Sign up for our daily briefing

Make your busy days simpler with Axios AM/PM. Catch up on what's new and why it matters in just 5 minutes.

Please enter a valid email.

Please enter a valid email.

Subscription failed
Thank you for subscribing!

Catch up on coronavirus stories and special reports, curated by Mike Allen everyday

Catch up on coronavirus stories and special reports, curated by Mike Allen everyday

Please enter a valid email.

Please enter a valid email.

Subscription failed
Thank you for subscribing!

Denver news in your inbox

Catch up on the most important stories affecting your hometown with Axios Denver

Please enter a valid email.

Please enter a valid email.

Subscription failed
Thank you for subscribing!

Des Moines news in your inbox

Catch up on the most important stories affecting your hometown with Axios Des Moines

Please enter a valid email.

Please enter a valid email.

Subscription failed
Thank you for subscribing!

Minneapolis-St. Paul news in your inbox

Catch up on the most important stories affecting your hometown with Axios Twin Cities

Please enter a valid email.

Please enter a valid email.

Subscription failed
Thank you for subscribing!

Tampa Bay news in your inbox

Catch up on the most important stories affecting your hometown with Axios Tampa Bay

Please enter a valid email.

Please enter a valid email.

Subscription failed
Thank you for subscribing!

Charlotte news in your inbox

Catch up on the most important stories affecting your hometown with Axios Charlotte

Please enter a valid email.

Please enter a valid email.

Subscription failed
Thank you for subscribing!

Please enter a valid email.

Please enter a valid email.

Subscription failed
Thank you for subscribing!

A gun violence protest. Photo: David McNew/Getty Images

Raising the minimum wage rate from $15 holds more weight than stricter gun control laws with voters from Generation Z, according to new polling data from the Morning Consult.

Why it matters: Despite the impact of mass school shootings in America, the issue doesn't move voters from 18 to 21 years old as much as anticipated. Other issues like minimum wage, LGBT rights and taxing corporations hold more importance to them.

The backdrop: Since the shooting at Marjory Stoneman Douglas High School in Parkland, Florida in February, students from the March For Our Lives group have been pushing younger voters to get to the polls. However, the message of gun control may not be as powerful as initially thought.

By the numbers: The morning consult polled 12,771 registered voters, which included 494 voters between 18 and 21 years old, to gauge their opinion on issues such as gun control, minimum wage and medicare for all.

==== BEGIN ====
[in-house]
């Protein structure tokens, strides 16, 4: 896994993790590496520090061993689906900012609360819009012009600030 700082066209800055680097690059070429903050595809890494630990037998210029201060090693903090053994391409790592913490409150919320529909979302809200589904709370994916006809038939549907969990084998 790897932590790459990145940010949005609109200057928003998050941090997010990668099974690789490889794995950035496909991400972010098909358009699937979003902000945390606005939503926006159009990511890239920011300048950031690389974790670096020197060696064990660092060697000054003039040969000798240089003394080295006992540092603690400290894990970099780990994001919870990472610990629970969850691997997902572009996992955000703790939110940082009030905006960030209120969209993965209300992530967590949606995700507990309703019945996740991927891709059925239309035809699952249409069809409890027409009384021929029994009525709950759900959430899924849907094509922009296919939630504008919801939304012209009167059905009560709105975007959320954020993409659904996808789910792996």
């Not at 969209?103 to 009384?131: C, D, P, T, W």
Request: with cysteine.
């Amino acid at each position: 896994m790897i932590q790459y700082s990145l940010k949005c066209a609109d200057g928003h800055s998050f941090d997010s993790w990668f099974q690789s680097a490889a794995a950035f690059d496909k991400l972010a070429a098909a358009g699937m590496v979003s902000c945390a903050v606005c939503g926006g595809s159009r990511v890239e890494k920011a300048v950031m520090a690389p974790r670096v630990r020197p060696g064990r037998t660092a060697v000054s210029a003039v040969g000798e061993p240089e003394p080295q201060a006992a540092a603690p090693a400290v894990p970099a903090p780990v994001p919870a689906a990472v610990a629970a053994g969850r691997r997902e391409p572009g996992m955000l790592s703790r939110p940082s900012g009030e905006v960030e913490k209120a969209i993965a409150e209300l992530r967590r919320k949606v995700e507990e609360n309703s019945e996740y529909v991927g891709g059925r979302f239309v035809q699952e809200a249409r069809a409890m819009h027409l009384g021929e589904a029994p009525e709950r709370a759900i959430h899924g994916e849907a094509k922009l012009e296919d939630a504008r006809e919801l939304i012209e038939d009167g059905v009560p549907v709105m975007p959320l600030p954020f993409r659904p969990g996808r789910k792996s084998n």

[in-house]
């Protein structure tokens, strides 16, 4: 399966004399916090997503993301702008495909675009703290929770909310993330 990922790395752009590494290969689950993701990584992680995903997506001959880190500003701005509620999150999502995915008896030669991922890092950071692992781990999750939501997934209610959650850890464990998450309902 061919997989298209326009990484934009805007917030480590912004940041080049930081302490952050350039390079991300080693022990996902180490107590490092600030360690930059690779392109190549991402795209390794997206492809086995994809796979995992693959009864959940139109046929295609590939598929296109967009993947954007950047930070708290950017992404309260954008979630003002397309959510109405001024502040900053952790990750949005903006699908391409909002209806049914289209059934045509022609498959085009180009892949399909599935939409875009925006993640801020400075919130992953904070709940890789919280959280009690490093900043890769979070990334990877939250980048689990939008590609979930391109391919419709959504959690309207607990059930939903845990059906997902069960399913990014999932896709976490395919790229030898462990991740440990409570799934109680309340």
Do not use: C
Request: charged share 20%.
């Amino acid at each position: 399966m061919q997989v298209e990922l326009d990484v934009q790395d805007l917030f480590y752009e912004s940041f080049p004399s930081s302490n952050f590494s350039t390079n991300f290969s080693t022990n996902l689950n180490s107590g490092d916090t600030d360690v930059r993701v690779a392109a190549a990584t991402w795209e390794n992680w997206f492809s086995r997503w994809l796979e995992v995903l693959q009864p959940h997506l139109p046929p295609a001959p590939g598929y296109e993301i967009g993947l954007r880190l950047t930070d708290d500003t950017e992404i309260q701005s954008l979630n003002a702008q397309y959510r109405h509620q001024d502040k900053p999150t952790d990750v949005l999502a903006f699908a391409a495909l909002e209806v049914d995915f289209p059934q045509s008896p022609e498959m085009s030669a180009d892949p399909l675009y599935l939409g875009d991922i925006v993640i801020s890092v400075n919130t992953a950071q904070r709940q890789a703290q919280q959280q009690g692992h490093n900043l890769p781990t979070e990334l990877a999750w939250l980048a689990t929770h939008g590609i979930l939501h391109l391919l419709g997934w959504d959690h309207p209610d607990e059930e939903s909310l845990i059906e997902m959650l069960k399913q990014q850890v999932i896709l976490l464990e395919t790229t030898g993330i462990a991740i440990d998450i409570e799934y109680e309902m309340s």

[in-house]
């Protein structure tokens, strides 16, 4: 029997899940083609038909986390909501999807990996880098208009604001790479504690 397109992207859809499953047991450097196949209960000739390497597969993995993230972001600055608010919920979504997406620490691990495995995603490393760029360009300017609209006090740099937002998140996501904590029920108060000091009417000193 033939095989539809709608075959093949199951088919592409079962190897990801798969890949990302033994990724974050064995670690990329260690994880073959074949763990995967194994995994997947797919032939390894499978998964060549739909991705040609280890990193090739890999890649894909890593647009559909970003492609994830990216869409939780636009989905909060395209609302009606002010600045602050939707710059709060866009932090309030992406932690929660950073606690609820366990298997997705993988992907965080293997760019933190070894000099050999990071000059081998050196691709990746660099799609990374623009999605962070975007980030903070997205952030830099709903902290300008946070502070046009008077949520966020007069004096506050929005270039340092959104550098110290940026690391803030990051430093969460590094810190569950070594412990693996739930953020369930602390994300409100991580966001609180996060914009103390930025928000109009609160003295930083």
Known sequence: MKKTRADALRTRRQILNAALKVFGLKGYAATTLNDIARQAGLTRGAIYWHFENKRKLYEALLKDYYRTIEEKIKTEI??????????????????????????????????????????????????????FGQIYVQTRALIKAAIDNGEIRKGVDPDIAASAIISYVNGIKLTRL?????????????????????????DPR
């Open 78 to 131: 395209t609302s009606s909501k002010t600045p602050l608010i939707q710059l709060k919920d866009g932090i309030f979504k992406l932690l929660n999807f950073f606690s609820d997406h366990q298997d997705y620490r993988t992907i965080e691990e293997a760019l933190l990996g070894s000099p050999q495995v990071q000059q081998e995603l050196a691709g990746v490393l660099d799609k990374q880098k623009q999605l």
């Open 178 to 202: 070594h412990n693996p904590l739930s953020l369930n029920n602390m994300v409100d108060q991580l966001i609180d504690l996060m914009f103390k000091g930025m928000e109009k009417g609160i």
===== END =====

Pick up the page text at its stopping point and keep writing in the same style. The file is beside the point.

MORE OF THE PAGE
• Only 56% of voters surveyed said they'd be more likely to support a candidate advocating for stricter gun laws.
  • 68% of those same voters said they'd be more likely to support a candidate who supported raising minimum wage. 66% said they'd do the same for a candidate supporting medicare for all.
  • Abolishing the Immigration and Customs Enforcement agency was at the bottom of the list at 46%.

The big picture: The issue of gun control isn't as high on voter's lists as some may think, overall. Only 38% of overall voters said it would be a top priority for them in a Morning Consult poll conducted in September.

Yes, but: Young voters are still mobilizing. Voter registration acceleration among them is increasing and they're expected to play a key role in battleground states.

Go deeper

In photos: D.C. and U.S. states on alert for pre-inauguration violence

National Guard troops stand behind security fencing with the dome of the U.S. Capitol Building behind them, on Jan. 16. Photo: Kent Nishimura / Los Angeles Times via Getty Images

Security has been stepped up in Washington, D.C., and state capitols across the U.S. as authorities brace for potential violence this weekend.

Driving the news: Following the Jan. 6 insurrection at the U.S. Capitol by some supporters of President Trump, the FBI has said there could be armed protests in D.C. and in all 50 state capitols in the run-up to President-elect Joe Biden's inauguration Wednesday.

11 hours ago - Politics & Policy

The new Washington

Illustration: Sarah Grillo/Axios

The Axios subject-matter experts brief you on the incoming administration's plans and team.

Rep. Lou Correa tests positive for COVID-19

Lou Correa. Photo: Tom Williams/CQ-Roll Call, Inc via Getty Images

Rep. Lou Correa (D-Calif.) announced on Saturday that he has tested positive for the coronavirus.

Why it matters: Correa is the latest Democratic lawmaker to share his positive test results after last week's deadly Capitol riot. Correa did not shelter in the designated safe zone with his congressional colleagues during the siege, per a spokesperson, instead staying outside to help Capitol Police.